Far Cry 2 wants to involve you. Envelope you. Throw you into its universe and lose you there. That much is certain from the very beginning as you sit in the backseat of a jeep while your cab driver converses with locals, points out attractive scenery and gives you some background info on the leafy surrounds of a war-torn Africa. Your first person perspective lets you take it all in the way you want. Ubisoft's game is certainly attractive... even when strange things start happening...
In a land Far, Far away...
It's that early sense of the sinister within the cinematic opening that starts to create an excitement in the first person shooter that is Far Cry 2. As you travel closer to your hotel, your initially normal and passive surroundings become more menacing. Aggressive foreign militia roam the dusky roads. Village outposts burn with abandon. And then your vision starts to yellow and blur from fever-induced malaria and things literally don't look too good...
Far Cry 2's visually striking and slick opening engages you in an interactive way thanks to your control over the protagonist's viewpoint, and soon you realise just how expansive and alive the environment is. Animals graze in the savannah. The weather and time of day changes as you play. Inhabitants suspiciously gaze at you while you walk, with stern words of caution if you bump into them. It's all wonderfully convincing.
Even incidental details are great, such as the character's appearance during the game reflecting who you choose at the start (from a selection of nine) - something easily taken for granted when you typically only see the hands and arms of your lead in a first person shooter.
Cause and effect, Far Cry 2 style
These niceties extend to the larger sense of the game as you start to get involved in Far Cry 2's open-ended exploration style. The main objective is to find and kill an arms dealer called The Jackal, and the game's massive map houses a plethora of missions such as repairing a vehicle and driving to a certain point, sabotaging an item, eliminating targets or sometimes just convincing them with a little bit of weapon based cohesion. With a cast of dozens, there's plenty to do while you hunt for your main target.
It all plays brilliantly too, thanks to some slick controls and the feeling of truly affecting the world around you. Friendships can be created to help you out of sticky spots, dragging you from near death scenarios and aiding at the right time - and then you have to make sure they permanently don't lose their lives, too. Foliage bends, rustles and breaks around you, even burning if you get a little too adventurous with fire, potentially causing raging infernos that consume friend and foe alike.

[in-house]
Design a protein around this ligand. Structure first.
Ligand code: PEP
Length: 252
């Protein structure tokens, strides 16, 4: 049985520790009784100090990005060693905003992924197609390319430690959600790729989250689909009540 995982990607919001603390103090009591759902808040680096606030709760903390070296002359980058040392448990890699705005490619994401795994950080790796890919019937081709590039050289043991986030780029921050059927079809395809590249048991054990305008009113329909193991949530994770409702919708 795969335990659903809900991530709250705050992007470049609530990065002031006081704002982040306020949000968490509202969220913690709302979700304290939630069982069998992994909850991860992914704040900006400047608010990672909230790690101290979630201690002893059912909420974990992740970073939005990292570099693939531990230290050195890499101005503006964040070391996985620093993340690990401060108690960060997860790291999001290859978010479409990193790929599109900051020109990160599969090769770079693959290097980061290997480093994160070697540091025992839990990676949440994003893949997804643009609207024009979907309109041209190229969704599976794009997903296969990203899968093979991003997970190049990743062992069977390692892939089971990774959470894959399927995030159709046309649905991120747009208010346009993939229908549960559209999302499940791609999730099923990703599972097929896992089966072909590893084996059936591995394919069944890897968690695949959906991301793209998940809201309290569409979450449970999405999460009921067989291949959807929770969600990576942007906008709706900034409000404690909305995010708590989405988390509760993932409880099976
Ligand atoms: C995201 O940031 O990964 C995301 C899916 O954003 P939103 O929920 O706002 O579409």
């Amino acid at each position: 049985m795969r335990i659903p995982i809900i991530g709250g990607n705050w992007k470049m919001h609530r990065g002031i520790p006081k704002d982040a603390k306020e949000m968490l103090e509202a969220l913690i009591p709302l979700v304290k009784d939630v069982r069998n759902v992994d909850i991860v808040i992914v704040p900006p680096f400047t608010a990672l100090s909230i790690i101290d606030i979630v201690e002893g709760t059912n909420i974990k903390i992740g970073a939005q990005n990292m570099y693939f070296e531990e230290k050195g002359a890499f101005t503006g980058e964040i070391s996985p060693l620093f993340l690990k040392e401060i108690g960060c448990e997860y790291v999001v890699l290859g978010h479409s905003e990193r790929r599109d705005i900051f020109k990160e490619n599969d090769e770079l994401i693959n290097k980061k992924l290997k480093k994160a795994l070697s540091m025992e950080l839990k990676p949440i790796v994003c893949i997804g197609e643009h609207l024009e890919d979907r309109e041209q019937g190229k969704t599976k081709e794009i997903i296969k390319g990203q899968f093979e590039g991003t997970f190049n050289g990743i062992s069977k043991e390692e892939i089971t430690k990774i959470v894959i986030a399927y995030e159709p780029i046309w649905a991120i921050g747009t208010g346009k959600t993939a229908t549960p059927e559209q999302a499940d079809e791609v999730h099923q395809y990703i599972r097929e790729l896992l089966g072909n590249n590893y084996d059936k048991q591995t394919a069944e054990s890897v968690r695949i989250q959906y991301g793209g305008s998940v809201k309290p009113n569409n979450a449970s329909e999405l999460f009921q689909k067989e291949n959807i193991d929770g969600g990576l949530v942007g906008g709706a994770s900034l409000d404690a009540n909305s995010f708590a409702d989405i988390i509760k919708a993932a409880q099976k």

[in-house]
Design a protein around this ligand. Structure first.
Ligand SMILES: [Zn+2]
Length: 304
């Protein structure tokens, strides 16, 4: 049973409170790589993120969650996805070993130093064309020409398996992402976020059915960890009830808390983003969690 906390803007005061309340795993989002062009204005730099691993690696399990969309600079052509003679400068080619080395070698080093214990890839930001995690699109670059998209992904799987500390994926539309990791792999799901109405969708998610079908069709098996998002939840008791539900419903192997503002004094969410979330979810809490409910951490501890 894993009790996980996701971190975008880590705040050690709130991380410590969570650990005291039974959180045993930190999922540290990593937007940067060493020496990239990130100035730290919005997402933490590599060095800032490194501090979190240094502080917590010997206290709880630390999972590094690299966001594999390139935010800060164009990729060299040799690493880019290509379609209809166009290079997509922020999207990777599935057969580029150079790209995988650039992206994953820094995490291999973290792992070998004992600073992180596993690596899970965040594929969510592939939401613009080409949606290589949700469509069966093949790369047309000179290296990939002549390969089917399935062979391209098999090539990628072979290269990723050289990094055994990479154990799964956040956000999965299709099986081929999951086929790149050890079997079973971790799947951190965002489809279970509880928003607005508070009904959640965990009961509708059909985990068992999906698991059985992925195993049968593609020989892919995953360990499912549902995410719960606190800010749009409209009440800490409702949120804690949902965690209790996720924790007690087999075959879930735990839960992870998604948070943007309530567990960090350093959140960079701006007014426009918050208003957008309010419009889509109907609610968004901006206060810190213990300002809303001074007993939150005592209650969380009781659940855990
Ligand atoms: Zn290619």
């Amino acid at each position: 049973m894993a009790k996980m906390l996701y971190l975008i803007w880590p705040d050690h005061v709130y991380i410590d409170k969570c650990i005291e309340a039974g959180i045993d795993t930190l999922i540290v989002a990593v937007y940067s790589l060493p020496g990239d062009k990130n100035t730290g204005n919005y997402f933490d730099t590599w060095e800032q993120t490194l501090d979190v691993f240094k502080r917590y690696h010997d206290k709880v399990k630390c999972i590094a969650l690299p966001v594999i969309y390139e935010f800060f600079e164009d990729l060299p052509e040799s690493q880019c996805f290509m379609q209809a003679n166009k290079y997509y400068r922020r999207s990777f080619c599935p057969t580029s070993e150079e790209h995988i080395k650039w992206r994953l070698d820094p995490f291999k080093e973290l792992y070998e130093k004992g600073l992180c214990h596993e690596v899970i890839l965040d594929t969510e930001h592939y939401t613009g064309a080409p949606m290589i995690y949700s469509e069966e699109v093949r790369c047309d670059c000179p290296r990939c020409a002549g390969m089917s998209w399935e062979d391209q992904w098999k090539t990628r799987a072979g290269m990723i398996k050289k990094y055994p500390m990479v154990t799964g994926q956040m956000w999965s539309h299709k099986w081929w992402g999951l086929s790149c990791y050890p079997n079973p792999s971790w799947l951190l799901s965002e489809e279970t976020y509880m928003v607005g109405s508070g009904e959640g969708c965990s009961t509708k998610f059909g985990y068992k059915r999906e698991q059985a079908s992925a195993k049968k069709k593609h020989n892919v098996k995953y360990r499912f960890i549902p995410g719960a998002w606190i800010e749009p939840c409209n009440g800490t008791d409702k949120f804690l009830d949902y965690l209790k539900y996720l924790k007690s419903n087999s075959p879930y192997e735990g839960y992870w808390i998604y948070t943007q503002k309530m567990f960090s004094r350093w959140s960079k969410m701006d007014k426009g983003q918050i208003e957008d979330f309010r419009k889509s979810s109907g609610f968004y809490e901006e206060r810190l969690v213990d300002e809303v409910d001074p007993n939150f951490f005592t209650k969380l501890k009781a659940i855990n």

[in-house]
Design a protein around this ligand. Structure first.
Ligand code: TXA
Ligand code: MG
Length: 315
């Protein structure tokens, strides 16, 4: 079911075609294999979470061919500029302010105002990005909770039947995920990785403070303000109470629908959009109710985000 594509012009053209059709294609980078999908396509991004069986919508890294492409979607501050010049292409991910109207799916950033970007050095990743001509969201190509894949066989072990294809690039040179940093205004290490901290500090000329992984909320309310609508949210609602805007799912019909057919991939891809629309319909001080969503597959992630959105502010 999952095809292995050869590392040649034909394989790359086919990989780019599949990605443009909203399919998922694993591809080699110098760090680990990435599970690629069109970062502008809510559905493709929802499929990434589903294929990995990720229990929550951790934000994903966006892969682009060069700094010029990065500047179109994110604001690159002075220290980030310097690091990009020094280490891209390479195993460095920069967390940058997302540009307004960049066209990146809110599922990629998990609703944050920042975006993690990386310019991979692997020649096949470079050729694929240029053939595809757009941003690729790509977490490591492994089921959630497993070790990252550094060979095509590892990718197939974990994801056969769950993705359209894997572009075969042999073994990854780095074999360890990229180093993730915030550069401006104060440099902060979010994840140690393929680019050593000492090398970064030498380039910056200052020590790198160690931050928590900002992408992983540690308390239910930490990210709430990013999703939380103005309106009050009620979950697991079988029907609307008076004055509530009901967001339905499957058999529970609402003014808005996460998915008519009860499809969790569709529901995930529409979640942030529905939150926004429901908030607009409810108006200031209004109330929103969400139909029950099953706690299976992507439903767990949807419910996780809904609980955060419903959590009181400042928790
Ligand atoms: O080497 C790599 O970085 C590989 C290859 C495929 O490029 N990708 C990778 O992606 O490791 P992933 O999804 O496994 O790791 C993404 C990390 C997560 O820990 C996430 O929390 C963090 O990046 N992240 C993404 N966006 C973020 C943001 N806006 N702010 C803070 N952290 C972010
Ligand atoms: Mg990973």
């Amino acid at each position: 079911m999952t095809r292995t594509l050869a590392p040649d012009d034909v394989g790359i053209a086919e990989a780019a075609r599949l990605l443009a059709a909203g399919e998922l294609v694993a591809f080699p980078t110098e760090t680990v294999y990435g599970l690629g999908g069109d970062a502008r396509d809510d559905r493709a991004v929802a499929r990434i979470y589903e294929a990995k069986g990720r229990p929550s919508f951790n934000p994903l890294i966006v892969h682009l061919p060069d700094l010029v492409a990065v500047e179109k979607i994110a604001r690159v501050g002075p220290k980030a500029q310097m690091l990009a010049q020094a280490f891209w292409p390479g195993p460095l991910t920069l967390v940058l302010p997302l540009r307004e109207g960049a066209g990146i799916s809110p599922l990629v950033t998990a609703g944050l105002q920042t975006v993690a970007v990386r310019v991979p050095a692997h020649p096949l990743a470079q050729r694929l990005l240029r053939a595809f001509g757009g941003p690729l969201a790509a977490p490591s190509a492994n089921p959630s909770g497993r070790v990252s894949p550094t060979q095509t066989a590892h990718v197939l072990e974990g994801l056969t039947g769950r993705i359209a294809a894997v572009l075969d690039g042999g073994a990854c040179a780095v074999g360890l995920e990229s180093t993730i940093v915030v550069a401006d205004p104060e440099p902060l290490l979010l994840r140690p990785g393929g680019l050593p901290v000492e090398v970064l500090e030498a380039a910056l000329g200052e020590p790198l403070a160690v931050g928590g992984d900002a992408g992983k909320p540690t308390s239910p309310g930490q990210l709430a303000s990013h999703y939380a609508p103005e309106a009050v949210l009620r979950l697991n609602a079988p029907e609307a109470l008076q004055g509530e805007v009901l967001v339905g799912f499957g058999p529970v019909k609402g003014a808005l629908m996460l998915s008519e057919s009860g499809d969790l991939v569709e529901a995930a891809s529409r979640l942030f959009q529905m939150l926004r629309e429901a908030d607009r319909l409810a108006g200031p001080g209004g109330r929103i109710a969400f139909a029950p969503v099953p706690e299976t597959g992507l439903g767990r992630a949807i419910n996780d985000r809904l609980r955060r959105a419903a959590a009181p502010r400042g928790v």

The battles you engage in are all privy to these things, making the action spontaneous and exciting, even when it doesn't go your way, as a large factor that makes Far Cry 2 fun is your own choices having consequences. Stealth is rewarded by a lack of enemy reinforcements, yet driving up in a jeep and bazooka has value too. Even picking up discarded weapons has its perils - old and rusty guns tend to jam or misfire compared to shiny new ones. All the more incentive to buy fresh armaments using your accumulated wealth.
The lion sleeps tonight
Complimenting Far Cry 2's captivating single player is an intense multiplayer mode that includes many of the dynamic gameplay elements from the former, such as being able to set objects and structures ablaze. With various deathmatches, a Capture the Flag iteration (where a diamond is the desired object) and more, the FPS takes on some of the best in the genre through its use of vehicles, and a deep map editor to create your own multiplayer levels.
It's this diversity, mixed with a class based system that allows you to utilise and unlock appropriate weapons (for example, the Gunner class will excel in explosives and fire, whereas a Sharpshooter specialises in long range weaponry) that rounds off the Far Cry 2 experience nicely, making it something that offers a pleasing amount of longevity with friends as well as solo - a great package in its entirety.
Atmospheric and addictive, Far Cry 2 is a wonderful affair that pulls you into an expansive and convincing world of action. Its fresh gameplay elements offer plenty of excitement and variation, covered in a lovely looking and well designed production. Welcome to Africa - take a deep breath... and take in all its beauty.